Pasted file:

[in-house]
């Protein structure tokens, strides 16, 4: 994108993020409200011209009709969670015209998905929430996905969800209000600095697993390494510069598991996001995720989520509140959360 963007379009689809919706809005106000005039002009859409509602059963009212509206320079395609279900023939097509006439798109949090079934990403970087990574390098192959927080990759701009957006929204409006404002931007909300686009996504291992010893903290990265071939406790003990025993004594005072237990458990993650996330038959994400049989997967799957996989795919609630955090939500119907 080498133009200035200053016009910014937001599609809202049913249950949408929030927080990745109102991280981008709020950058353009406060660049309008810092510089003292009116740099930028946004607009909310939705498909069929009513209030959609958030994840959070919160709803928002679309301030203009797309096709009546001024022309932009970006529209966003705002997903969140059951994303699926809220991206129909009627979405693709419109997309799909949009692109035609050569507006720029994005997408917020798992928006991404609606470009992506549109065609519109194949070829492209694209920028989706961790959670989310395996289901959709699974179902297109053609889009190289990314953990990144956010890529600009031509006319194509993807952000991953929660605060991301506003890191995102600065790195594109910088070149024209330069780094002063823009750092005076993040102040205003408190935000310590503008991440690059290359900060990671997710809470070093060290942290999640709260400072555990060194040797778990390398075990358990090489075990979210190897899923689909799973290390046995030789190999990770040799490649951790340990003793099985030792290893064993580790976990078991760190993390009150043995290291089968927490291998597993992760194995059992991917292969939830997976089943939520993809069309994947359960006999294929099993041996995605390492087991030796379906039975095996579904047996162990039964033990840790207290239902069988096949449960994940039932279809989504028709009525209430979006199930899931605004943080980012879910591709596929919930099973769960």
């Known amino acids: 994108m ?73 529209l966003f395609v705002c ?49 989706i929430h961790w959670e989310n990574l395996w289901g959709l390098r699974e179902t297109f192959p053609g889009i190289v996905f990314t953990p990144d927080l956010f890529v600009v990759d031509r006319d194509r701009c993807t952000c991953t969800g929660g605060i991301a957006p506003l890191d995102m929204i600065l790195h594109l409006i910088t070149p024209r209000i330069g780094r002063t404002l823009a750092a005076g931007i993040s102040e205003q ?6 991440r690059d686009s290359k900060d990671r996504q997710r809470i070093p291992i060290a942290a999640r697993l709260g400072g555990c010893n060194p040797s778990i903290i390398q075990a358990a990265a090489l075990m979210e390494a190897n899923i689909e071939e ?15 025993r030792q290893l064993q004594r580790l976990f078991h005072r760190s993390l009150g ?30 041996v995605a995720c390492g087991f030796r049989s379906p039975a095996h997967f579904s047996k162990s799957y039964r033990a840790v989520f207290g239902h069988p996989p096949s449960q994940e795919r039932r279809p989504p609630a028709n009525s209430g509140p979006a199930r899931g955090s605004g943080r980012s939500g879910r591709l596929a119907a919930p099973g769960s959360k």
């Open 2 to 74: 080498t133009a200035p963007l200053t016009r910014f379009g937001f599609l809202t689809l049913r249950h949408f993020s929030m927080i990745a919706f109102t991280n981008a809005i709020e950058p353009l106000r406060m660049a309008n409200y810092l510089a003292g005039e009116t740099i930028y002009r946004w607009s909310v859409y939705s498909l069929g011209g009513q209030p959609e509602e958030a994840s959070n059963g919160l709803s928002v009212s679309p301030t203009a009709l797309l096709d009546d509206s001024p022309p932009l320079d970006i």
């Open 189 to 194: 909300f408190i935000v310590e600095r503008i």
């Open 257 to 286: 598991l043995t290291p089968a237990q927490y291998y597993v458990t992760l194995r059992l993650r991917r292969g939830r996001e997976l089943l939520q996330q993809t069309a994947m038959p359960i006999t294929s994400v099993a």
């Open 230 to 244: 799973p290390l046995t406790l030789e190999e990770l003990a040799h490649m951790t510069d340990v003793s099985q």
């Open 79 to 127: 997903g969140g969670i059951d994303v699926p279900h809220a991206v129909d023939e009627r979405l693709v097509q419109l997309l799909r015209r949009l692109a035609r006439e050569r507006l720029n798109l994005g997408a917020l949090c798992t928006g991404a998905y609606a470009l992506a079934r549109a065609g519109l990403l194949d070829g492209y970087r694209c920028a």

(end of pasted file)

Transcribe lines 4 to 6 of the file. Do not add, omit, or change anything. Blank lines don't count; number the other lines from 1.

């Open 2 to 74: 080498t133009a200035p963007l200053t016009r910014f379009g937001f599609l809202t689809l049913r249950h949408f993020s929030m927080i990745a919706f109102t991280n981008a809005i709020e950058p353009l106000r406060m660049a309008n409200y810092l510089a003292g005039e009116t740099i930028y002009r946004w607009s909310v859409y939705s498909l069929g011209g009513q209030p959609e509602e958030a994840s959070n059963g919160l709803s928002v009212s679309p301030t203009a009709l797309l096709d009546d509206s001024p022309p932009l320079d970006i």
């Open 189 to 194: 909300f408190i935000v310590e600095r503008i």
């Open 257 to 286: 598991l043995t290291p089968a237990q927490y291998y597993v458990t992760l194995r059992l993650r991917r292969g939830r996001e997976l089943l939520q996330q993809t069309a994947m038959p359960i006999t294929s994400v099993a």